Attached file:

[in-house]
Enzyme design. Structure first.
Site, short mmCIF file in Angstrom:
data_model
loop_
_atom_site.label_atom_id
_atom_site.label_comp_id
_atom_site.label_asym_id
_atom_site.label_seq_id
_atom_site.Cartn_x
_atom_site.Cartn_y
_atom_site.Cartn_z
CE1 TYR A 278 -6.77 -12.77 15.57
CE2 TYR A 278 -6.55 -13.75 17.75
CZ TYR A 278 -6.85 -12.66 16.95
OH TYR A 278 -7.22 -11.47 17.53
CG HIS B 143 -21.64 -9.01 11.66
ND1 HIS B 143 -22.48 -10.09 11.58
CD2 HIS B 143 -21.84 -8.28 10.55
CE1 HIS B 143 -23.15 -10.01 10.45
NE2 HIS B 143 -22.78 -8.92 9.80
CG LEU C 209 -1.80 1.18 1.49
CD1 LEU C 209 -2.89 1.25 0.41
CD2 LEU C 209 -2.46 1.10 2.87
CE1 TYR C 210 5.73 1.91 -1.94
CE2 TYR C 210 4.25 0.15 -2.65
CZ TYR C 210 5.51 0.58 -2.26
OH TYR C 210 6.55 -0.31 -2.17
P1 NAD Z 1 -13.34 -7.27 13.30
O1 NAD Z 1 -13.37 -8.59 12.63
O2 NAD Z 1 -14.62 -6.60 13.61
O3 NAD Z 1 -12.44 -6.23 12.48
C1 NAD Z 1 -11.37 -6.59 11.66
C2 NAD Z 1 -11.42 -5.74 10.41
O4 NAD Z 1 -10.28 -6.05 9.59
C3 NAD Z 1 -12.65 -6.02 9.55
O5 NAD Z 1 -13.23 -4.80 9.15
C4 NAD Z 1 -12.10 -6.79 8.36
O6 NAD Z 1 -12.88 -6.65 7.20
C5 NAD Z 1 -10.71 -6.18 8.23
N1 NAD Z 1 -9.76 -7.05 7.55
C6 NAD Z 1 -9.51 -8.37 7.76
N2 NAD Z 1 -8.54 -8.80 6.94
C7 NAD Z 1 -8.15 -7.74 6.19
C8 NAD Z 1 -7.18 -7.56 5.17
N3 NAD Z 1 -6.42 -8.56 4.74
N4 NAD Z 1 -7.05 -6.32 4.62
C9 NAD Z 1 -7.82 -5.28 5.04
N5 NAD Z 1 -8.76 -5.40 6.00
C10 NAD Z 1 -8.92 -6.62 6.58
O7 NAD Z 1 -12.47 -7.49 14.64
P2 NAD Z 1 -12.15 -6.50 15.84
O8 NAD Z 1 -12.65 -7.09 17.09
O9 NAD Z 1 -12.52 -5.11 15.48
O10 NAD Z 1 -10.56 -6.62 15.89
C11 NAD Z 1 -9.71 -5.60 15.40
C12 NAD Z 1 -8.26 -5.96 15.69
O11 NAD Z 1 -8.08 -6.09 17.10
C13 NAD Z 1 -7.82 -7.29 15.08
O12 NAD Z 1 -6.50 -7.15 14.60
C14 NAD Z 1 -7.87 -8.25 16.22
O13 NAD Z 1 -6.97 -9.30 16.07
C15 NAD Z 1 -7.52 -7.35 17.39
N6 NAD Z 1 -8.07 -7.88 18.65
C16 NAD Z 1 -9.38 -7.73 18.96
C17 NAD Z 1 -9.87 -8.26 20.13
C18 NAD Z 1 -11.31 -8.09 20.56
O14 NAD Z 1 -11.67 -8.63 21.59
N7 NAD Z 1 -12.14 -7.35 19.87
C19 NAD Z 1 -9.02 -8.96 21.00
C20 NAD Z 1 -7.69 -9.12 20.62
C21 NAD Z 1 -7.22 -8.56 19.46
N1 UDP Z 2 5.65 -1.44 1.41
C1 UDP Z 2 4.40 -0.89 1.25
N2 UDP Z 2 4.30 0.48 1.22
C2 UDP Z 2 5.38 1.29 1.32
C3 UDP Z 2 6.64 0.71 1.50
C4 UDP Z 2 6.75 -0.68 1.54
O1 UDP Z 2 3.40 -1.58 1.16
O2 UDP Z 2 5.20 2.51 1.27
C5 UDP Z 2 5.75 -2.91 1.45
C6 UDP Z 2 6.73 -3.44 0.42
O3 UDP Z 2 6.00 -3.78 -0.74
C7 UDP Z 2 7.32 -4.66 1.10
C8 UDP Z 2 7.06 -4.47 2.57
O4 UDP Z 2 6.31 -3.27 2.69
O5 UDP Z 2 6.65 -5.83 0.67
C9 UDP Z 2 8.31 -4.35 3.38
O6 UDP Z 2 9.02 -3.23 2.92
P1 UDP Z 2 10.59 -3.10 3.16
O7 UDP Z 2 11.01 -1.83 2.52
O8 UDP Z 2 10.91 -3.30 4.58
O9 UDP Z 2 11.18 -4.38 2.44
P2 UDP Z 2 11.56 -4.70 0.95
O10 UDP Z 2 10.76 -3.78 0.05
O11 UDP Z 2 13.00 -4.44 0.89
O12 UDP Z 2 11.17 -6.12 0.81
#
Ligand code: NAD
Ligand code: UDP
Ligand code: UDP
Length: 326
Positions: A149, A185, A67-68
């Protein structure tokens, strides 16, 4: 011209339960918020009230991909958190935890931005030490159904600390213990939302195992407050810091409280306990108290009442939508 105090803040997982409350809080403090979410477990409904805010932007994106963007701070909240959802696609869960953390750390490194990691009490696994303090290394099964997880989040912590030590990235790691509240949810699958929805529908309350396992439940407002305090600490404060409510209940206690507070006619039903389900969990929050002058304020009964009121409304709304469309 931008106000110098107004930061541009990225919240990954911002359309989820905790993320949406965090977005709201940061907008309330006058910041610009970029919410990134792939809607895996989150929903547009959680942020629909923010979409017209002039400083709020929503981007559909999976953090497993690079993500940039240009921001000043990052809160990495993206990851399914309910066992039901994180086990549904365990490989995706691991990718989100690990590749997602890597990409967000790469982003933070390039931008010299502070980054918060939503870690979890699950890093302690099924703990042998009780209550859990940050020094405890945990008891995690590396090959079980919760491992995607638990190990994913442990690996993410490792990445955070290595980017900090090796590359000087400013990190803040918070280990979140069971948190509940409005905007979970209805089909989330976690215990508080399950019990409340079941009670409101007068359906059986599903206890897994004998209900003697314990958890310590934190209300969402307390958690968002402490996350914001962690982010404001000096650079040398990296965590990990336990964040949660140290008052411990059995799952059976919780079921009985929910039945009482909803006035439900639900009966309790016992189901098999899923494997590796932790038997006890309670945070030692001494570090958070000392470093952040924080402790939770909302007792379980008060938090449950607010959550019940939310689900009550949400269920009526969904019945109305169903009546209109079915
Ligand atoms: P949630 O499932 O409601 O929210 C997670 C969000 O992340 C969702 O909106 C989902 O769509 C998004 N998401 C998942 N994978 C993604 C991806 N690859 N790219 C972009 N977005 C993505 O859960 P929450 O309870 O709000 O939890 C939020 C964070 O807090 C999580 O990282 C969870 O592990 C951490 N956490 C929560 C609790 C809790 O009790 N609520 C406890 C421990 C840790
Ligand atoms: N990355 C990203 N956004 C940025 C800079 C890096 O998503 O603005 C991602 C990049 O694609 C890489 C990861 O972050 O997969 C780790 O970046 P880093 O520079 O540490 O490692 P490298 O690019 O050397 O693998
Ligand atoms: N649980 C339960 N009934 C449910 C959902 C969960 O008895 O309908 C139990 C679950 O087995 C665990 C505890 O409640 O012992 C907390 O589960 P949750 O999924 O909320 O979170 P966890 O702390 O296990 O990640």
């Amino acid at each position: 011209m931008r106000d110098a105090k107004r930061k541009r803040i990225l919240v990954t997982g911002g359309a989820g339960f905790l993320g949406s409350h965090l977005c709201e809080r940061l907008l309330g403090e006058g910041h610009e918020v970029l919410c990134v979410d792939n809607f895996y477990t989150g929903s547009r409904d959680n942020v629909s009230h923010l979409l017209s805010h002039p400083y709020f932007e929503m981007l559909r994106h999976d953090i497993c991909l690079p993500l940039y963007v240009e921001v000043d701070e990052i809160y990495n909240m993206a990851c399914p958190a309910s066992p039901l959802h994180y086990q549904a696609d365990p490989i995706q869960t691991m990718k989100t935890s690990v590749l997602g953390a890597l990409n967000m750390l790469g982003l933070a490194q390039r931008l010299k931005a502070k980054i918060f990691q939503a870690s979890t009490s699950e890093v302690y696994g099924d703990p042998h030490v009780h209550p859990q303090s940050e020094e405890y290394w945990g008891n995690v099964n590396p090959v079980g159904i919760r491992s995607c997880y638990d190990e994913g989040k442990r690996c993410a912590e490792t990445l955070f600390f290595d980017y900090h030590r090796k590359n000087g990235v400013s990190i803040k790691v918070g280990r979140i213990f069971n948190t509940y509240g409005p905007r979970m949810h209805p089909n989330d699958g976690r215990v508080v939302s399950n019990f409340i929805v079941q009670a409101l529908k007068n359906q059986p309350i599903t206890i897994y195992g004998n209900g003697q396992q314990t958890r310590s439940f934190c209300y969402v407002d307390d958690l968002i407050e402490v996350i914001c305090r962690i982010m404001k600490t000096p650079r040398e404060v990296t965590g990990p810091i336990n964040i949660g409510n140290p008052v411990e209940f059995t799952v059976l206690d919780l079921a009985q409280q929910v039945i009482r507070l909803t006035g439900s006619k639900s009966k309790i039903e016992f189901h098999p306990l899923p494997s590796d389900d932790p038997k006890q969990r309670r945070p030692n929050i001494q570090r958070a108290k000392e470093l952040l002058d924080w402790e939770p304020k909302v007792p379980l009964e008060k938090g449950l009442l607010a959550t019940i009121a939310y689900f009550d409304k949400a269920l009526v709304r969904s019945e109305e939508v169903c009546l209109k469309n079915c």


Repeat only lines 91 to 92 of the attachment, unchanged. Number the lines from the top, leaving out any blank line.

O7 UDP Z 2 11.01 -1.83 2.52
O8 UDP Z 2 10.91 -3.30 4.58